What is Toterhome? Things You Need to Know About Toterhome

What is Toterhome

What is Toterhome? Toterhome refers to a type of recreational vehicle (RV) that is built on a semi-truck chassis. It combines the living amenities of a motorhome with the power and hauling capabilities of a commercial truck. Toterhomes are essentially customized or converted semi trucks designed for comfortable living and traveling.

A toterhome allows RV owners to bring more gear, toys, and cargo thanks to the massive storage capacity. The heavy-duty chassis also enables driving in more rugged, off-road conditions. Toterhome owners enjoy convenience, luxury, and adventure all rolled into one unique vehicle.

Key Takeaways

  • Toterhomes are RVs built on semi-truck chassis, offering living space and huge hauling capacity.
  • Types include converted semi trucks, custom motorhomes on truck chassis, and high-end luxury models.
  • Benefits include storage capacity, performance, luxury features, and ability to haul heavy loads.
  • Drawbacks can be high costs, maintenance needs, and challenging driving.
  • Consider layout, features, brand reputation when buying new or used.
  • Proper maintenance is crucial for engine, chassis, RV components.

Understanding Toterhome

Understanding Toterhome

The term “toterhome” comes from the concept of using a heavy-duty truck to “tote” around your home. Toterhomes are considered a subclass within the Type A motorhome category, the largest RV type. The key difference from standard Type A motorhomes is the commercial chassis which makes toterhomes stand apart.

Toterhomes range widely in size, but average 35-45 feet long. Their width is also greater than typical RVs, usually ranging from 101-108 inches wide. The increased dimensions provide a spacious interior that feels residential. Height is another distinguishing factor, with toterhomes standing 11-13 feet tall, which is noticeably taller than the average RV.

The defining characteristic is the sturdy commercial chassis which gives toterhomes their rugged durability and ample cargo capacity. Popular chassis manufacturers include Freightliner, International, Kenworth, Peterbilt, Volvo, and Mack. The chassis has a Gross Vehicle Weight Rating (GVWR) of 25,000 to 33,000 pounds.

The heavy duty frame supports greater towing and cargo loads. It also enables diesel pusher engines packing 400-600 horsepower. This makes toterhomes well-suited for off-road excursions and handling tough driving conditions.

Types of Toterhome

There are a few different types of toterhomes:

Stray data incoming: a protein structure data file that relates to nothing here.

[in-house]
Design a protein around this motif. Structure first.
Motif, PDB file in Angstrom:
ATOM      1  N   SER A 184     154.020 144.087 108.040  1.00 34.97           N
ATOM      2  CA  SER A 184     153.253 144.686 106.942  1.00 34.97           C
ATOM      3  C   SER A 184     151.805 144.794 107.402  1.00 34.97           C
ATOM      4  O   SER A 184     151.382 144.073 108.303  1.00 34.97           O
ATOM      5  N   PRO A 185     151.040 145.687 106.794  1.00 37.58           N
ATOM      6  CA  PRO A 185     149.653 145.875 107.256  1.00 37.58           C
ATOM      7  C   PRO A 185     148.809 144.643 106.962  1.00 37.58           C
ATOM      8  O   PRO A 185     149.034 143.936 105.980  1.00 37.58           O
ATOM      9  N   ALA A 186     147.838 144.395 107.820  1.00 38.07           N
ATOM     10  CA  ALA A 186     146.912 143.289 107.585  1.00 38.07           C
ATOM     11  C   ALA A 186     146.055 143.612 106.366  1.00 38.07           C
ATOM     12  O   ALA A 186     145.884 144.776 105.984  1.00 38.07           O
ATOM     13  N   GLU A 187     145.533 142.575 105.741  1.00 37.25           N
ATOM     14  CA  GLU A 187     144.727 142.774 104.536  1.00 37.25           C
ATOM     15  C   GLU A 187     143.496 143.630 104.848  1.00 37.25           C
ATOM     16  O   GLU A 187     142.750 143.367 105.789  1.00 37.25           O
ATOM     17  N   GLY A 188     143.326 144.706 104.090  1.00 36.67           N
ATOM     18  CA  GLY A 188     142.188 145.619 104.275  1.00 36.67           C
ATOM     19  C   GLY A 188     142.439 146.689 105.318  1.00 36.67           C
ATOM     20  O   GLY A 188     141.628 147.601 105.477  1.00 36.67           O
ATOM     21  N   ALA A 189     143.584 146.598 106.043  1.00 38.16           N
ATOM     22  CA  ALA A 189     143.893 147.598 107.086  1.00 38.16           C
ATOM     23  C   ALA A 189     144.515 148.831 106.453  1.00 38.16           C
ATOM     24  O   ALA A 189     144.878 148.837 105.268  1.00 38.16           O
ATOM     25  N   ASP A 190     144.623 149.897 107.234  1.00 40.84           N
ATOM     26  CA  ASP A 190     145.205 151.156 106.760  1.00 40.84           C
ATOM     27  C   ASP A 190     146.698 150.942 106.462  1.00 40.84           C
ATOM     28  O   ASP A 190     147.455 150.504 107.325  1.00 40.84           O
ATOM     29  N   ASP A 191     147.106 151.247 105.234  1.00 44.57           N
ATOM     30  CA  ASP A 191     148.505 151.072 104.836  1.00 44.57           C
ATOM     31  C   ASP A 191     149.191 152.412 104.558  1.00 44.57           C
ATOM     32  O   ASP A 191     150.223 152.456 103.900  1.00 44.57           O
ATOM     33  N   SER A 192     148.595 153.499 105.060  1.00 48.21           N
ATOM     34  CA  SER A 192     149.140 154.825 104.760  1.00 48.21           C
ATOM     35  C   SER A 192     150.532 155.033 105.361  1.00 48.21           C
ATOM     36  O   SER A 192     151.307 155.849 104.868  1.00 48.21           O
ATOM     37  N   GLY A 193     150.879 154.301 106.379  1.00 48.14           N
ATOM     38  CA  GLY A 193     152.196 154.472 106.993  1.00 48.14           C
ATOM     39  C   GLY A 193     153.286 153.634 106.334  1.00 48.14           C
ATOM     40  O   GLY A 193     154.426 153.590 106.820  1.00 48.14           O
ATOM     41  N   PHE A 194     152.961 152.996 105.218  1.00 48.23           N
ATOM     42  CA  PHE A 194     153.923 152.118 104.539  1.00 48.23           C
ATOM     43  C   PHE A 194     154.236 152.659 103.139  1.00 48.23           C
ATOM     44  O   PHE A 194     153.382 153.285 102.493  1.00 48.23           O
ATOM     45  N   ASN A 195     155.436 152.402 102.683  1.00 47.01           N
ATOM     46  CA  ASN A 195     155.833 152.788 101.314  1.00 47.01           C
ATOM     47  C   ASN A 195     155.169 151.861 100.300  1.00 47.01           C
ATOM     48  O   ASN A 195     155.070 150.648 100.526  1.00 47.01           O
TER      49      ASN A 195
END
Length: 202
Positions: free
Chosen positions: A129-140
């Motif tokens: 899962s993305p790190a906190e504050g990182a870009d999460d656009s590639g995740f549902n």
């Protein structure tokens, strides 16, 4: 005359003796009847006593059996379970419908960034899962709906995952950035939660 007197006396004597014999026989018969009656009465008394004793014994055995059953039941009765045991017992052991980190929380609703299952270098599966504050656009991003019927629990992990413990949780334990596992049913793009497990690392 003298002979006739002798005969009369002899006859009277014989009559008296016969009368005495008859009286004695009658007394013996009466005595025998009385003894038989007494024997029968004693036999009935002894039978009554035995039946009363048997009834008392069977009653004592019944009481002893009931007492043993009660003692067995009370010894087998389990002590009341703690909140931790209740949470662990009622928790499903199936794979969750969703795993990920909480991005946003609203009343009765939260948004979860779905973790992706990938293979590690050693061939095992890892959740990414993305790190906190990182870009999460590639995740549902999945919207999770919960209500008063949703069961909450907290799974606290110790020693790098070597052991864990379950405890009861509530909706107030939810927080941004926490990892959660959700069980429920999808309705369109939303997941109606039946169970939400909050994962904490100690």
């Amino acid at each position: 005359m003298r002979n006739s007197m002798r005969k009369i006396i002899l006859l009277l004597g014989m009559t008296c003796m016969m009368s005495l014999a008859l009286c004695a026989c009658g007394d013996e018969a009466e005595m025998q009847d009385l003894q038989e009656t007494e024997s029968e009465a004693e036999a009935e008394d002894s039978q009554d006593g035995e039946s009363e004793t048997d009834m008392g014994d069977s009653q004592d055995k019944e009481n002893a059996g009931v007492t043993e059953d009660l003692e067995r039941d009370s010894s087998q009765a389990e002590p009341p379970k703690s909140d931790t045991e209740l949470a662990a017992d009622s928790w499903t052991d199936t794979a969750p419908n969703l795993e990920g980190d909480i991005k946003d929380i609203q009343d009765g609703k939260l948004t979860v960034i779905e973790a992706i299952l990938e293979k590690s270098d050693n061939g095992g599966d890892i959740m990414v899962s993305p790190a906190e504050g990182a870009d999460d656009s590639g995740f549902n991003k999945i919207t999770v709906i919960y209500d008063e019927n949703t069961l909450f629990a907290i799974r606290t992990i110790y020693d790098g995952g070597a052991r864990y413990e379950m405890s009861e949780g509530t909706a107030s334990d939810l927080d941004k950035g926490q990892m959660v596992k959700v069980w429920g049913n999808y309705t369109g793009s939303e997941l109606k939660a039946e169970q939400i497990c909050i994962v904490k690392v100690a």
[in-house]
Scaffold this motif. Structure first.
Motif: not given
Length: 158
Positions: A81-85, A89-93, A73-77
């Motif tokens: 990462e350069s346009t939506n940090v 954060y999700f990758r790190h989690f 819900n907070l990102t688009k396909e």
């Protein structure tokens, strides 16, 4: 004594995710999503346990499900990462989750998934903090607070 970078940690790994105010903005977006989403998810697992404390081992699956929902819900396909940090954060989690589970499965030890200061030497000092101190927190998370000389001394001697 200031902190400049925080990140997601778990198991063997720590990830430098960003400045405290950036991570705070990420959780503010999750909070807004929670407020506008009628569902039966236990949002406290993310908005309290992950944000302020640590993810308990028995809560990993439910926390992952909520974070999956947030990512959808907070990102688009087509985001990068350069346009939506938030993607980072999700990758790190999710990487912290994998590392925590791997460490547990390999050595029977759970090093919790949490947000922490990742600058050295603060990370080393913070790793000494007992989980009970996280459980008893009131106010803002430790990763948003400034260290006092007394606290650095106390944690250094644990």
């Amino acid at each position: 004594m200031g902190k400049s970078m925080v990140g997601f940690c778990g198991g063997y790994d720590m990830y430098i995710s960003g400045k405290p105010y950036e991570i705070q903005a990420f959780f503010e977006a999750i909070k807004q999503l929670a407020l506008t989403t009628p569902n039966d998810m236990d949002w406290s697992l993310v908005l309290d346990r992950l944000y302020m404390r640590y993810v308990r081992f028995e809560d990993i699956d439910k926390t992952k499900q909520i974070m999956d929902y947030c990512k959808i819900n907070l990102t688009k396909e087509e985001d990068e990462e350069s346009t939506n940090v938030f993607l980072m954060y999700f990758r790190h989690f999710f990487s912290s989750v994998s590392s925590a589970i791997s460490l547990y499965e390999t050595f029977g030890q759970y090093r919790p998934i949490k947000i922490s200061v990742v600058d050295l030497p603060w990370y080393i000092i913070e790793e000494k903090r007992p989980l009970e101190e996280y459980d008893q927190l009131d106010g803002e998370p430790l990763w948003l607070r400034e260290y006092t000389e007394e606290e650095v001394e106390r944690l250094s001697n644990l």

Converted Semi Trucks – These involve modifying a stock commercial semi truck into a DIY toterhome. The truck’s sleeper cabin gets retrofitted into a living space. All interior upgrades are custom designed and installed. Converting a semi truck into a toterhome is the most budget-friendly option but requires time and effort.

Custom Motorhome Conversion – This is working with an RV manufacturer to build a custom toterhome on a commercial chassis. Floor plans can be tailored to your needs. The ultra heavy duty foundation supports higher-end appliances and finishes. Many luxury features can be incorporated.

Luxury Toterhomes – These are production models from RV brands like Foretravel, Marathon, and AmeriCoach built on heavy truck chassis. They offer residential styling and top-notch appointments. Materials like tile, hardwood, granite, and leather create a lavish interior. Prices can exceed $1 million.

Renegade Toterhomes – Renegade is one of the most recognized toterhome manufacturers. They offer an array of models from basic to luxurious built on Freightliner or Spartan chassis. Renegade RV prides itself on easy handling and off-road capabilities.

No matter the type, all toterhomes allow owners to explore off-grid locations in luxury while having ample cargo space for toys, vehicles, gear and more. The heavy-duty underpinnings provide a stable towing platform and smooth ride. The cavernous interior enables comfortable full-time living.

Key Features of Toterhome

Key Features of Toterhome

Toterhomes contain many specialized features that differentiate them from standard RVs. Some key elements that define toterhome designs include:

Living Space

The living area of a toterhome feels residential and spacious. Multiple slide-outs with giant windows allow natural light. High ceilings create an airy environment and prevent a cramped feeling.

Creative storage solutions like roll-out shelving, hidden cabinets, and drop-down desks maximize living space. Energy efficient appliances like convection ovens and washer/dryers come standard. Heated floors, fireplaces, and spa-like bathrooms provide comforts of home.

Storage Capacity

From basement cargo areas to exterior bays, storage is seemingly endless in a toterhome. Expect at least 200 cubic feet of basement storage to tuck away furniture, tools, sporting equipment and more. Enormous front trunks swallow bulky items.

Many models allow stacking washer/dryer units to free up precious interior room. Abundant exterior compartments organize gear for easy access. Thoughtful shelving and cargo tracks keep storage areas tidy. Exceptional space means bringing everything along for the journey.

Cargo Capacity Comparison

RV Type Cargo Capacity
Type A Motorhome 25-100 ft3
Type C Motorhome 50-150 ft3
Fifth Wheel 100-200 ft3
Toterhome 200+ ft3

Engine and Performance

Toterhomes leave traditional RVs in the dust when it comes to performance. Powerful diesel engines output 400-600 horsepower with massive torque. Allison transmissions smoothly transfer power to the drive wheels.

The heavy duty chassis handles like a truck, absorbing shocks and minimizing sway. Strong braking quickly slows the massive vehicle. Increased ground clearance enables traversing uneven terrain with ease.

Onboard generators produce ample electricity to power all systems without hookups. The robust foundation and weight distribution provide stability for passengers and cargo at high speeds or off-road.